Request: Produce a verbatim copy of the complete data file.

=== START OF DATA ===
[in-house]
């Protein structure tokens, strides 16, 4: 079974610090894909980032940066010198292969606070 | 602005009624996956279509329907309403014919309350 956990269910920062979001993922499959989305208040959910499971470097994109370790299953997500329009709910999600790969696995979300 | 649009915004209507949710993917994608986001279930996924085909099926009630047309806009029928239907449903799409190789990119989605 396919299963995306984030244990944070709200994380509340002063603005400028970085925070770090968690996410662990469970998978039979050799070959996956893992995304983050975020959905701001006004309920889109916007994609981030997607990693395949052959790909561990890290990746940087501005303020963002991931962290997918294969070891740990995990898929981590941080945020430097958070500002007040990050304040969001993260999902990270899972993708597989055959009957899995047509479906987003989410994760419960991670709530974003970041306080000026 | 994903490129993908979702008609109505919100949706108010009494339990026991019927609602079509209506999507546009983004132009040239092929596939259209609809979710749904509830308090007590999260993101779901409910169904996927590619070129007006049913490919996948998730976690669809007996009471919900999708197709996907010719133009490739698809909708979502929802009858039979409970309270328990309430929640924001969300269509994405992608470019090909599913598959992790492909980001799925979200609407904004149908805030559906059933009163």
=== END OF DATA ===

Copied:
[in-house]
């Protein structure tokens, strides 16, 4: 079974610090894909980032940066010198292969606070 | 602005009624996956279509329907309403014919309350 956990269910920062979001993922499959989305208040959910499971470097994109370790299953997500329009709910999600790969696995979300 | 649009915004209507949710993917994608986001279930996924085909099926009630047309806009029928239907449903799409190789990119989605 396919299963995306984030244990944070709200994380509340002063603005400028970085925070770090968690996410662990469970998978039979050799070959996956893992995304983050975020959905701001006004309920889109916007994609981030997607990693395949052959790909561990890290990746940087501005303020963002991931962290997918294969070891740990995990898929981590941080945020430097958070500002007040990050304040969001993260999902990270899972993708597989055959009957899995047509479906987003989410994760419960991670709530974003970041306080000026 | 994903490129993908979702008609109505919100949706108010009494339990026991019927609602079509209506999507546009983004132009040239092929596939259209609809979710749904509830308090007590999260993101779901409910169904996927590619070129007006049913490919996948998730976690669809007996009471919900999708197709996907010719133009490739698809909708979502929802009858039979409970309270328990309430929640924001969300269509994405992608470019090909599913598959992790492909980001799925979200609407904004149908805030559906059933009163």